The Hole Story on Appenzeller Swiss Cheese

Written by Anita

July 24, 2010

Little known fact: we have Swiss relatives. This explains why we spent several weeks this summer in the tiny village of Appenzell, best known for Appenzeller Swiss cheese. Dubbed “the spiciest cheese from Switzerland,” this full-fat, semi-hard cow’s milk cheese goes back over 700 years! While in Appenzell, we visited Hof Käserei in Weissbad to watch the Appenzeller cheese-making process.

Surrounded by lush green mountains dotted with picturesque farmhouses, Hof Käserei is a simple wooden cottage with a stone-and-wood floor and wood-paneled walls. Frilly red gingham curtains flutter in the windows as the well-worn Dutch door lets in the mountain breeze. It is here that the Käser makes the Appenzeller almost daily.

First, 92 liters of raw milk are heated to 32 degrees. After an hour, the Käser adds about 10 grams of cultures (rennett—made from cows' stomachs—lactic acid, and bacteria) to the milk. Over the next three hours, he carefully stirs the mixture skimming off the whey (molke). This by-product of the cheese-making process has become almost as important as the cheese itself—patrons at the country’s spas bathe in it as a therapeutic skin treatment.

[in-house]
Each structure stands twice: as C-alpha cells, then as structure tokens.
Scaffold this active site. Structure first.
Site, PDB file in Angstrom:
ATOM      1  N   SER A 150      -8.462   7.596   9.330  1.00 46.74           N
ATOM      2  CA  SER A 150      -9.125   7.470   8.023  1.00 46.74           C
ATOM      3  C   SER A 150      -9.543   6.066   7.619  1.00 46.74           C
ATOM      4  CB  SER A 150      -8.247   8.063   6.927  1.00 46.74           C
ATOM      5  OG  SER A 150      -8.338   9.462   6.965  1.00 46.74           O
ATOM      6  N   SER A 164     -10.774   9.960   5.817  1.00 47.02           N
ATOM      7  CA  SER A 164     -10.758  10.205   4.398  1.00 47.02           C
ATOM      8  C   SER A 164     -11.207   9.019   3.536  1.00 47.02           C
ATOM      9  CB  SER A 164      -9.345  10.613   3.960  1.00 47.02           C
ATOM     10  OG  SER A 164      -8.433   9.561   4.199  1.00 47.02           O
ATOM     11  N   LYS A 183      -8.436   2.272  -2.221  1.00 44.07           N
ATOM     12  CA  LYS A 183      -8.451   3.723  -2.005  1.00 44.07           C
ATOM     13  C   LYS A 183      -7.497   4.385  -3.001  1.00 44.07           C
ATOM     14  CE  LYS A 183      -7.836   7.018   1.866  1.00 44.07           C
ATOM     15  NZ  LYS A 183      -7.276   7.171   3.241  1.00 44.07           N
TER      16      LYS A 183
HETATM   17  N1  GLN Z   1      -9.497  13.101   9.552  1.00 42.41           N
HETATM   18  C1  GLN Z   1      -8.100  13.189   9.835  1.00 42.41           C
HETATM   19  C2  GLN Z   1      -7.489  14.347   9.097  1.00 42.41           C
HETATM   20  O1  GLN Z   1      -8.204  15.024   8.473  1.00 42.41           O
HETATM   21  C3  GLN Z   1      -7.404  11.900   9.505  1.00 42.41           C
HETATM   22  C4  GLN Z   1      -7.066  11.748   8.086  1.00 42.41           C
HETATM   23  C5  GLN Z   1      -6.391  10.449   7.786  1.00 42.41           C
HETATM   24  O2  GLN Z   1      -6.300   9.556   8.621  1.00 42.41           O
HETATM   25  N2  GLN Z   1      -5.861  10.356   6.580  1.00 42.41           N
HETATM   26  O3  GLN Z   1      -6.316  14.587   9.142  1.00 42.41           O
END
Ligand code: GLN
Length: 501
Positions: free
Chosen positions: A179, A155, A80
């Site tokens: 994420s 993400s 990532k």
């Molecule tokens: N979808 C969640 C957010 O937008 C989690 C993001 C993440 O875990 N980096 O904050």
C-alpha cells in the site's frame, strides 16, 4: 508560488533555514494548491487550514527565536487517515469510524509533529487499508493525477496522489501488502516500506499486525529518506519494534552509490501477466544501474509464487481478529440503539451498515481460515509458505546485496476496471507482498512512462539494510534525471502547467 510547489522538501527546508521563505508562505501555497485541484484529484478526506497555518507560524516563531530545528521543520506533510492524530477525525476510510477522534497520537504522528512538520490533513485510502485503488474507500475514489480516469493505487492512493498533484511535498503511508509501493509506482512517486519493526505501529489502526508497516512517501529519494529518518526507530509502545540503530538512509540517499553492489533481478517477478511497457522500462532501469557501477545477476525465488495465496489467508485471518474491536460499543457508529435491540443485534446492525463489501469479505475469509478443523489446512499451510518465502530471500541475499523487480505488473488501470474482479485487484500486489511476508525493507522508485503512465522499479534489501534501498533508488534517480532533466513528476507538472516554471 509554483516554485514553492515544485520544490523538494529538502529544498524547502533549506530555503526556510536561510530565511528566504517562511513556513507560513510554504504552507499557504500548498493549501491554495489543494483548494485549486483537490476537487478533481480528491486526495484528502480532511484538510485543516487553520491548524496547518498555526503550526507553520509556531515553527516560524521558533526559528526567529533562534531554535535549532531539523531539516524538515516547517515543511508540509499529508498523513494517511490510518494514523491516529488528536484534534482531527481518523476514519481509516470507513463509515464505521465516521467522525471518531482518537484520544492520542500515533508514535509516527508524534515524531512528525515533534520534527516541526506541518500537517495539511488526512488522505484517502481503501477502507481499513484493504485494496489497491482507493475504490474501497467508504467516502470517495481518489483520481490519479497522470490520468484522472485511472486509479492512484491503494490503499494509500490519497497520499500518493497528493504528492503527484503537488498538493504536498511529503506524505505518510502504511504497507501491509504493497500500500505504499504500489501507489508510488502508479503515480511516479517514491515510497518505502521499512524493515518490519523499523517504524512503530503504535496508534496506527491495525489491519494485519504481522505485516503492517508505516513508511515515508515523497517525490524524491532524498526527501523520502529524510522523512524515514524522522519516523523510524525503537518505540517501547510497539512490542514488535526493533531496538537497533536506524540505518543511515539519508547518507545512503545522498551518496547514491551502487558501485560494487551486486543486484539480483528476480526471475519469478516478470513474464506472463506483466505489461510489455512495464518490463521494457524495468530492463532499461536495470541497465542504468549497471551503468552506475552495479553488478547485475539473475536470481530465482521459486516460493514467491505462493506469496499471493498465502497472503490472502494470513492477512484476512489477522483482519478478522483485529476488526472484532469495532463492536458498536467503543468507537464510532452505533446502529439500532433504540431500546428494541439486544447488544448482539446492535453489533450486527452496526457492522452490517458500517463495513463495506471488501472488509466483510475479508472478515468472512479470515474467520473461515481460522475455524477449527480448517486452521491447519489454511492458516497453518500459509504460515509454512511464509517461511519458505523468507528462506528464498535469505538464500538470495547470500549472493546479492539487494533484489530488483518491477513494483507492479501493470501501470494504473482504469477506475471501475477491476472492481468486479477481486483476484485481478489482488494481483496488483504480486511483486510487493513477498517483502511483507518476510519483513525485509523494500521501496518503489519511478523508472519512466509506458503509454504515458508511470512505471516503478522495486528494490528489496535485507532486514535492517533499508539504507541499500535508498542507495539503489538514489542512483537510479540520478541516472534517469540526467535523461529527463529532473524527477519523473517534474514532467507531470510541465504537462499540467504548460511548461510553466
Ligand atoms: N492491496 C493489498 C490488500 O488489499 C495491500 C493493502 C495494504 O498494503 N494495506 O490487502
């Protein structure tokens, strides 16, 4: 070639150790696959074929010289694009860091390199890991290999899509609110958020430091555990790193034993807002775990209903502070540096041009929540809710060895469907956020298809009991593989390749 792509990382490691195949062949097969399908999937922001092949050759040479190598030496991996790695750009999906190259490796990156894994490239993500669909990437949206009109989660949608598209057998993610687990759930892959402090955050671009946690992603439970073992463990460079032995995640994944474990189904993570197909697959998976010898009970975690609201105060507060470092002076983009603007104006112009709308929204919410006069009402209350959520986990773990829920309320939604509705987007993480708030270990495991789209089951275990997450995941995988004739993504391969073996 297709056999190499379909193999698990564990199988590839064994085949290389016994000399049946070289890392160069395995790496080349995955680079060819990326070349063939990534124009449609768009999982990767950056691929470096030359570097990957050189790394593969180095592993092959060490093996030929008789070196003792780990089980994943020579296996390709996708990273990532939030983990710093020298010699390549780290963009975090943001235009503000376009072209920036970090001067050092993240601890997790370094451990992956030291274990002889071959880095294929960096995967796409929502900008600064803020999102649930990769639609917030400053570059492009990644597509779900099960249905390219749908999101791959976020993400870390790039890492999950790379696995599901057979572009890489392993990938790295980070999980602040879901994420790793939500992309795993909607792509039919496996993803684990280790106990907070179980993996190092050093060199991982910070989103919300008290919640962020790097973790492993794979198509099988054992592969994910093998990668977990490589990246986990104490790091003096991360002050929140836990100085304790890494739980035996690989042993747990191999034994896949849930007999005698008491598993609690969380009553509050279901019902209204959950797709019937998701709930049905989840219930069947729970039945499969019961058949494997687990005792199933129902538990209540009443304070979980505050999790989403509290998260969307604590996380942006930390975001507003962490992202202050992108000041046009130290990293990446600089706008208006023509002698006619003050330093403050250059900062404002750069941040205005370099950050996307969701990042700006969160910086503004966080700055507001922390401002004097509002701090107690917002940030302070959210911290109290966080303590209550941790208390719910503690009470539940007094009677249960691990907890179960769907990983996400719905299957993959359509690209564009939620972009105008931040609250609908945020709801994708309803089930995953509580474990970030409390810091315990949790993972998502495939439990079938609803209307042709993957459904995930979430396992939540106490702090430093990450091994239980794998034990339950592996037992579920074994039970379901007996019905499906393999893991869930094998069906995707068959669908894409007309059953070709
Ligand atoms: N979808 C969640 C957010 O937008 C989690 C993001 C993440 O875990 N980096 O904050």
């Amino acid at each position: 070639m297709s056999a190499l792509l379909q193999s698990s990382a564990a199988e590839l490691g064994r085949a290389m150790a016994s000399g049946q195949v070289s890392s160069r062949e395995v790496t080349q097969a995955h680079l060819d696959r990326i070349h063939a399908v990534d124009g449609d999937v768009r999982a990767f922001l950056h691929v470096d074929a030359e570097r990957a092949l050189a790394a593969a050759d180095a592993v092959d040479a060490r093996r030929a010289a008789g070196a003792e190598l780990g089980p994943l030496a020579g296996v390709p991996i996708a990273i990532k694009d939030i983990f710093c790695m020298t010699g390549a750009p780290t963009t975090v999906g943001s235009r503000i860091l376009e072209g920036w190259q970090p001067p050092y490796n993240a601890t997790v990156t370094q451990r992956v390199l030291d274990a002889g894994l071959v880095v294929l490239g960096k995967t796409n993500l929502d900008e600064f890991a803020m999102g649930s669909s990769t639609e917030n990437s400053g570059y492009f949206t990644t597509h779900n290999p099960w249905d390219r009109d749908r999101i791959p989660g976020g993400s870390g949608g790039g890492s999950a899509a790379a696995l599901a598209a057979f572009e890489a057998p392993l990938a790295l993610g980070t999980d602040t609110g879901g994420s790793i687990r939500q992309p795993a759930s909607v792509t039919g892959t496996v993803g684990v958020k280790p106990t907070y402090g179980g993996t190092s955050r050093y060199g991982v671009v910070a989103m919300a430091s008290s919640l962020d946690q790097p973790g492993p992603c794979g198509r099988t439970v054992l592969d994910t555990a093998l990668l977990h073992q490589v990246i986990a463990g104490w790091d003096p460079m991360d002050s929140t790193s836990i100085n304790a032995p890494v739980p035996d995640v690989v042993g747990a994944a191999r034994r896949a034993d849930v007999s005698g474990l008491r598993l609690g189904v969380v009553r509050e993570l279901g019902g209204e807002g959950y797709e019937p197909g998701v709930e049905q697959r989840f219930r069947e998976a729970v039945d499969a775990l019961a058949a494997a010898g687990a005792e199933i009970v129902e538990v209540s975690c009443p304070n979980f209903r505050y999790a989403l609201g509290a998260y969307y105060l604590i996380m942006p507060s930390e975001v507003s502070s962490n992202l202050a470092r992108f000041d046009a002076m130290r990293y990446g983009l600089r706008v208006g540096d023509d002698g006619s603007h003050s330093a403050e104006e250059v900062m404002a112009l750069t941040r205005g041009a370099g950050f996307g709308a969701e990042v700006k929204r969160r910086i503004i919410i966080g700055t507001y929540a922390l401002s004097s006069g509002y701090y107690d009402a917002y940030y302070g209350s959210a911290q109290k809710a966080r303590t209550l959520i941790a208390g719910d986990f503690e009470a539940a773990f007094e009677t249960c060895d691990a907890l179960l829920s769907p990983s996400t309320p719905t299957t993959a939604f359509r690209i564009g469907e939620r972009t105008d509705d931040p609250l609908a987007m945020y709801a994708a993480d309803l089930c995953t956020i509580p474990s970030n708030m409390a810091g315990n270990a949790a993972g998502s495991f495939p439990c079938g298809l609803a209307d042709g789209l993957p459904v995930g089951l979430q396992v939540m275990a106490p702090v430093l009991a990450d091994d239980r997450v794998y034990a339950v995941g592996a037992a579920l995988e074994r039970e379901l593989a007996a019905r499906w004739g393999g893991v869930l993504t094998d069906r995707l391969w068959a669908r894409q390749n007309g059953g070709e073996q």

Once the mixture is done, it is formed into molds and (20 hours later) is coated with a blend of salt, herbs, and wine. Only a few people know the secret recipe, which is handed down from generation to generation. The cheese then begins the aging process in a climate-controlled cheese cellar. It is treated daily with the herb blend of the first 10 days; 2-3 times a week thereafter. The mildest Appenzeller ages only about 3 months—more pungent varieties age longer.

True Appenzeller cheese must meet exacting standards. Elected officials test the cheese, making sure it has the right smell, taste, and appearance. Only cheeses scoring 18.5 out of a possible 20 points can be sold.

The completed cheese has a yellowish to reddish-brown rind.  Inside, it has a smooth, creamy texture with regular, medium-sized holes. It is used in a variety of traditional Swiss dishes, including fondue and cheese pie (Käsefladen), or is just eaten plain with chunks of warm bread.  Das ist gut!

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